Sen. Bernie Sanders raised more than $1.5 million in the 24-hours since he announced his presidential run, his campaign announced Friday. It's a strong performance for a candidate many pundits have dismissed as fringe, outpacing Republican candidates who have recently announced.
As easy as it may be to see Sen. Bernie Sanders' (I-Vt.) presidential campaign as a quixotic exercise, launched by a candidate who doesn't really expect to hold national office, Alex Seitz-Wald reported on the Vermont independent's strong start as a White House hopeful.
In a statement, Tad Devine, a Sanders adviser who worked as a top aide to Al Gore and John Kerry, described the $1.5 million first-day haul as "a remarkable start for Bernie's campaign."
While one certainly expects a candidate's aides to say things like this about their own campaign, Devine's boast is rooted in fact. Indeed, there are two striking details about Sanders' early fundraising success.
The first is the number of donors. The senator talked to Greg Sargent on Friday, and Sanders explained, "We have received 35,000 donations. You know what the average donation was? $43. We raised a million and a half dollars in 24 hours with an average donation of $43."
Raising lots of money from a handful of billionaire benefactors is one thing; collecting 35,000 contributions in one day is evidence of a different kind of support base.
The second is how impressive the first-day haul is as compared to most of the other announced candidates. As the msnbc report noted, "Sen. Marco Rubio raised $1.25 million in the day after announcing his campaign, Sen. Ted Cruz raised $1 million, while Sen. Rand Paul raised about $750,000."
Or in chart form:
It's worth noting that there's some question about Rand Paul's exact tally -- he'd raised about $750,000 by the evening of his first day as a candidate, but his overhaul receipts may have been closer to $1 million by the time the clock struck midnight. Either way, however, the Kentucky Republican, like his GOP brethren, fell short of Sanders' first day.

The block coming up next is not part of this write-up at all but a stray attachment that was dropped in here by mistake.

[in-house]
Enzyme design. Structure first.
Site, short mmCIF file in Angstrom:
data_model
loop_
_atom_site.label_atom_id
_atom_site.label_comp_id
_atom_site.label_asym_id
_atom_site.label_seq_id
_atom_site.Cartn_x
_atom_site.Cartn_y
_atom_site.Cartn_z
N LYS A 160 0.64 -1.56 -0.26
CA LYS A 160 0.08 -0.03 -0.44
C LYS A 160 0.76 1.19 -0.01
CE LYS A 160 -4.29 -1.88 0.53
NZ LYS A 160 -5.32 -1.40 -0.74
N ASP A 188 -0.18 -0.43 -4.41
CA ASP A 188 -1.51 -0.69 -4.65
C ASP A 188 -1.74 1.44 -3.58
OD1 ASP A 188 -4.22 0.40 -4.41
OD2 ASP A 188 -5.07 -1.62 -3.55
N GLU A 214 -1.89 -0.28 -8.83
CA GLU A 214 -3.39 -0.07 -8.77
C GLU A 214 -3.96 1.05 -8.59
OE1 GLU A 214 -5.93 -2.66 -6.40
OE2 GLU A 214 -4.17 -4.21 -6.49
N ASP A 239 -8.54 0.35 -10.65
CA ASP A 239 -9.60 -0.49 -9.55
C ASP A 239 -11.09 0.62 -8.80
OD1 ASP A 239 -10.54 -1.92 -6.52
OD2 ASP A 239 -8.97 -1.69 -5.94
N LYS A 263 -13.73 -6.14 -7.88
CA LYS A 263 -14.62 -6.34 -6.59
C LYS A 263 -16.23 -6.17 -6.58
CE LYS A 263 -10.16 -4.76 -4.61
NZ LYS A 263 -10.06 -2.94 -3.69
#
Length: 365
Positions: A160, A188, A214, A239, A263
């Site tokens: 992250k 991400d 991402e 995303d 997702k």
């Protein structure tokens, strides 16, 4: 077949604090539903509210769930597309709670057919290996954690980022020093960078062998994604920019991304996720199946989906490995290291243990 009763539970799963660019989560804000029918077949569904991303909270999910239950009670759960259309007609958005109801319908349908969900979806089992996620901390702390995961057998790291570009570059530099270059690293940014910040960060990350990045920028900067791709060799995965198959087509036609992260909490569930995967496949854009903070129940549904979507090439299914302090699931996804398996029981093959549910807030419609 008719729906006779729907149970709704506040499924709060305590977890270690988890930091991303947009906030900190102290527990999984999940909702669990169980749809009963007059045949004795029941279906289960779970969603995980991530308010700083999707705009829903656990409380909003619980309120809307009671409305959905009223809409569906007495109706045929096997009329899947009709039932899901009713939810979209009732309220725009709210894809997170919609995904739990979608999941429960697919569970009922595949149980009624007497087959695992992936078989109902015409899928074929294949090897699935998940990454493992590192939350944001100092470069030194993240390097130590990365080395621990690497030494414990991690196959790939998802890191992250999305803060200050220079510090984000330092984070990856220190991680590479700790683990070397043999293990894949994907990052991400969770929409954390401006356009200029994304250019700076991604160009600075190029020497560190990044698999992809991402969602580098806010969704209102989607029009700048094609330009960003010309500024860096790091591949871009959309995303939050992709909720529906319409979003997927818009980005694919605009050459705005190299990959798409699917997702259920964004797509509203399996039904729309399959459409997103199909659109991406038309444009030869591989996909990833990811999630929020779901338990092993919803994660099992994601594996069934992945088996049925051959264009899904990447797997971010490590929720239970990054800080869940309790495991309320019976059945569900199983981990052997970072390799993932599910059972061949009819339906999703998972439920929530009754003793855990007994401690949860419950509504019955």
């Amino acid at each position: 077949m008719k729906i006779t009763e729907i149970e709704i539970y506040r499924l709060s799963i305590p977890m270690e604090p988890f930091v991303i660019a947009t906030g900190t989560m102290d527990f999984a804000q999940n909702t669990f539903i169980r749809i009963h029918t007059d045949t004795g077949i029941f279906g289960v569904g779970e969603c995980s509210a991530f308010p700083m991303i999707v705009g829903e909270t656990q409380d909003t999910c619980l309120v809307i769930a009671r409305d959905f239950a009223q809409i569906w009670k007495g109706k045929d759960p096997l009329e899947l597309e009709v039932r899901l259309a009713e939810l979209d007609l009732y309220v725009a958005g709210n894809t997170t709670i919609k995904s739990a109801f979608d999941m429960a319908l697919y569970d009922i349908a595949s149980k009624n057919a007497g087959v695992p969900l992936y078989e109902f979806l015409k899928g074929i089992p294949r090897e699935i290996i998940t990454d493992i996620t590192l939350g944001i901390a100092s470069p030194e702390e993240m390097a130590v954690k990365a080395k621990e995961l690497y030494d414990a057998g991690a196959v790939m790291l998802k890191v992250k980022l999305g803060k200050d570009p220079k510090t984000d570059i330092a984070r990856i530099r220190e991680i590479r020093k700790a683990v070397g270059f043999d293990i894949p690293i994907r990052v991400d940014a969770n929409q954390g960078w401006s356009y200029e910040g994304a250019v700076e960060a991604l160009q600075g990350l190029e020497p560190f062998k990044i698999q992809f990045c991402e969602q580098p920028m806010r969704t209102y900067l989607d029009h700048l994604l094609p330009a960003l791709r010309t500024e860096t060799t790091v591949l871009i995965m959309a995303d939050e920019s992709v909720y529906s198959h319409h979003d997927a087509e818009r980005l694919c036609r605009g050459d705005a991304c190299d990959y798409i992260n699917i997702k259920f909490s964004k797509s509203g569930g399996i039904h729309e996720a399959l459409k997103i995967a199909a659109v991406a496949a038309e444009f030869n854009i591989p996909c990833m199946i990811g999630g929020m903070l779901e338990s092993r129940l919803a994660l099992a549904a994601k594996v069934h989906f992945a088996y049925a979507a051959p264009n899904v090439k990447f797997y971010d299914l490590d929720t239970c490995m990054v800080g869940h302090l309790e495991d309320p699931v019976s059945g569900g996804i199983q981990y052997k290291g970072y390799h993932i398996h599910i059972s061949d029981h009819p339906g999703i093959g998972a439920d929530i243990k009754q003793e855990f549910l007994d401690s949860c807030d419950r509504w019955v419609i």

And what about Hillary Clinton? We simply don't know. Each of the other announced candidates volunteered information on their initial fundraising, but the Democratic frontrunner did not.
Of course, it's too soon to say whether Sanders simply capitalized on the excitement surrounding his first day as a presidential candidate. In order to be competitive over the long haul against a powerful rival, the senator will have to raise tens of millions of dollars, which will require more than just an initial burst of interest.
Complicating matters a bit, Sanders also told Greg Sargent that there will be no allied super PAC, which will make this approach to campaign financing that much more difficult.
Still, Sanders hopes to prove that he can be a competitive national candidate by doing things his way. His first day of fundraising probably won't cause too much consternation within Team Clinton, but it does suggest he's off to a good start.